Wednesday, November 14, 2007

When a Problem is Not Your Own

Dear Mrs. T.
My friend, I will call her "Pam" wants to go off and drive a truck cross country. She wants me to go to her home everyday and change the cat litter for about 6 cats and feed them. I do not want to do this. What should I tell her?
--Worried in Mineola

Dear Worried,
Pam is very welcome to drive a truck cross-country if she chooses. By doing so, she is also choosing the consequences that come of leaving one's home for an extended period. If that means that animals will be left behind, whether one cat or an entire menagerie, it is Pam's responsibility to make suitable arrangements for their care. The material point here is that it is not YOUR responsibility to manage their care. If an agreeable arrangement between the two of you could be made for their care, bless you both. Unfortunately, this is not a task you are up to. Whether you are unable or simply unwilling is irrelevant and Pam should be accepting of this fact if you tell her directly. "I'm very sorry, but I am unable to perform this task," would do nicely. If, however, she refuses to accept your perfectly reasonable answer, please do not worry over it. We all have problems to worry over, but this one is just not yours, my friend. Rest easy letting it go.

Yours ever,
Mrs. T.

Myspace or Yours?

Dear Mrs. T,
Recently, I joined one of the popular social networking sites to get in touch with old friends and who knows, maybe meet someone new. Unfortunately, as much as I like getting in touch with old friends, I’m now getting friend requests by people I purposely lost touch with. I know it’s seems like a little thing, but if I accept them they will see my private photos and thoughts and if I deny them, it might cause a rift with mutual friends. Is there a graceful way to get out of this?

--Lost in Myspace

Dear Lost,
To get at the root of your problem, let’s pretend that your social networking site is instead a live social networking place, like oh: a bar. By walking into this bar or signing onto this web site, you indicate that you are potentially accessible by others who are also sharing that space. Even so, it is unlikely that when walking into a bar, you would have your age, hobbies, photos from summer camp, 50 Things About You, and your email address posted on your t-shirt or make this information public to anyone who simply requested it (I do not exclude various bands and hipster organizations). That being the case, act accordingly and do not be apologetic about it. You wouldn’t apologize to a sleazy man attempting to extort your phone number and neither should you now. But do remember your manners and use a polite “No, thank you,” or in your case, a silent click of the “Deny” button, to excuse yourself. And if that doesn’t work, you can always call in the web master. As to your alleged friends who might be miffed by the construed slight, one of the lucky merits of the cyberworld is that it’s never too late to send them back to the nether regions of the extended network either.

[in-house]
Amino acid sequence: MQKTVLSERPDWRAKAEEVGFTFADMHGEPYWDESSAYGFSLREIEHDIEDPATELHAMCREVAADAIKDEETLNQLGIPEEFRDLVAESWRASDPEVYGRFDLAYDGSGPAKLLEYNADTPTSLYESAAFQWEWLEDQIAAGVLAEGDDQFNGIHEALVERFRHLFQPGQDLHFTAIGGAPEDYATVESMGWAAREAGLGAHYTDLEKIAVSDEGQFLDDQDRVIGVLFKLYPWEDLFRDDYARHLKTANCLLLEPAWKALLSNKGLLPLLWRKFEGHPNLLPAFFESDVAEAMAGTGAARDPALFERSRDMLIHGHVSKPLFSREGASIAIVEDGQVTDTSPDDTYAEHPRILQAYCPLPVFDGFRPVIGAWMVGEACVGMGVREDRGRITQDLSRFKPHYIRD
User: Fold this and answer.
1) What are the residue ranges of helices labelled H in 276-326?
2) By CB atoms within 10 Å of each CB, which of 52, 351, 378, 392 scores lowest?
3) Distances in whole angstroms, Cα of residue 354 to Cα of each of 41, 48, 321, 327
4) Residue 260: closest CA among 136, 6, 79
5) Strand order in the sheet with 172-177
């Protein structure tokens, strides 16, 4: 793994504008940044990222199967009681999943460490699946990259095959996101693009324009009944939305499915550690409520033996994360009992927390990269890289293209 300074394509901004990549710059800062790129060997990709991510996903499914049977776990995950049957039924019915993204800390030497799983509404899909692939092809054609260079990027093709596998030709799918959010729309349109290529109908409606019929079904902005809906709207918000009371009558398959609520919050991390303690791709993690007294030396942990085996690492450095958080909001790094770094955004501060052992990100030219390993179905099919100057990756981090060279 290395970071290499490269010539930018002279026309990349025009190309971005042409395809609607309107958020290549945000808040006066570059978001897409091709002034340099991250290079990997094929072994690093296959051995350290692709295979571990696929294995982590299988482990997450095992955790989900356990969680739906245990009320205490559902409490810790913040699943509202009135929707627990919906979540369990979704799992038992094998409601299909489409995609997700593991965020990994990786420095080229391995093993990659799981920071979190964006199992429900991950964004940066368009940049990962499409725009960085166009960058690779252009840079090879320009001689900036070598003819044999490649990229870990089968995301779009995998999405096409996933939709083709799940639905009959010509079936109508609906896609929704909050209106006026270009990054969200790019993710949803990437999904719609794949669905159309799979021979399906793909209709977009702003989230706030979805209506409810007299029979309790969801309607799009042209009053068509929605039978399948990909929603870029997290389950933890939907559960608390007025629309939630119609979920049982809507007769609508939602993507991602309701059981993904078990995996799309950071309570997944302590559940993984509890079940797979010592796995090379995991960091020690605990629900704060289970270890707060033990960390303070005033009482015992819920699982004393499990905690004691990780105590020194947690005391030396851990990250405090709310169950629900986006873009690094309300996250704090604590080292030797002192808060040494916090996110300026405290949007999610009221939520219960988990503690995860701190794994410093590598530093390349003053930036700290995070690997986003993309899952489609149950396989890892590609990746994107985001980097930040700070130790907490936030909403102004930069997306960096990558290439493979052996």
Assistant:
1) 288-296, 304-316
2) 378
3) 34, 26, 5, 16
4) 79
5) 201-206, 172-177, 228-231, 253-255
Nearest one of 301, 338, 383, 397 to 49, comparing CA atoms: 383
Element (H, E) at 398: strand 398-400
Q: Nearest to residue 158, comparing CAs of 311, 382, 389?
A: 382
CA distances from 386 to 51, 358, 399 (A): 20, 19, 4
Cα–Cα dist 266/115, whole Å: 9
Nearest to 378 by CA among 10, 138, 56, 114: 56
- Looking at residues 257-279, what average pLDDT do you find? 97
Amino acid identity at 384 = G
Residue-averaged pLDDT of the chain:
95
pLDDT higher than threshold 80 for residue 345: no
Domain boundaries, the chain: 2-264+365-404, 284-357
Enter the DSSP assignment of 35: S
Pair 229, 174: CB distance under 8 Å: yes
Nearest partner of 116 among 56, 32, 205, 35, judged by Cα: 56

Yours ever,
Mrs. T.

P.S. I advise all my readers that even password-protected information is accessible to someone, so exercise caution when availing private information to a public web site.

Dear Mrs. T.,
I’m attending a birthday weekend out-of-town for a close friend who happens to be the cousin of an ex-boyfriend. I am married now and so is he. We bear no ill will towards one another, but like most people, I prefer not to spend time with my ex-boyfriend. I realize that for the sake of my friend’s celebration, I will endure it, but my question is—how do I greet him? Is a hug required? I prefer not to hug, but a handshake seems cold to the point of ungraciousness. However, I dislike hugging people in general, especially since my husband and two children will be there. Please help.

--Hands Off, Please

Dear Hands,
Many is the time that Mrs. T has wished to revive the 19th century custom in which ladies and gentlemen of good breeding only ever bowed their heads amiably in acknowledgement of shared company. However, as we benefit from the dispensation of the girdle, so must we graciously bear the other trappings of modernity. Fortunately, your options are not so limited as you might think. If you can find some way to make your person unavailable (ketchup on your hands, perhaps, or holding your children if they’re small), you may still take a page out of Jane Austen’s book and offer a friendly smile and a vigorous head nod. If busy hands are not an option, consider a handshake with both hands, in which your left hand jovially pats your ex-boyfriend on the arm, still allowing you to keep your distance. Better still is forgetting about it entirely and going with the flow. Some huggers are determined and you may not be able to avoid them, however much you strategize. It’s unlikely that you’re alone in your dilemma as he is likely to feel awkward about it, too. That being the case, be a sport and hug if it seems right, remembering that an ounce of pretension is worth a pound of manure.

Yours ever,
Mrs. T.

Tuesday, November 13, 2007

Kniddy as a Knid

Here I go, about to embark on my umpteenth blog. This one, however, will fulfill my lifelong ambition of becoming an advice columnist. You know the old adage: do what you love and love what you do. To that end, I'm here. Mrs. Toucanella is open for business and ready to advise you. Or as the Whos might say "WE ARE HERE! WE ARE HERE! WE ARE HERE!"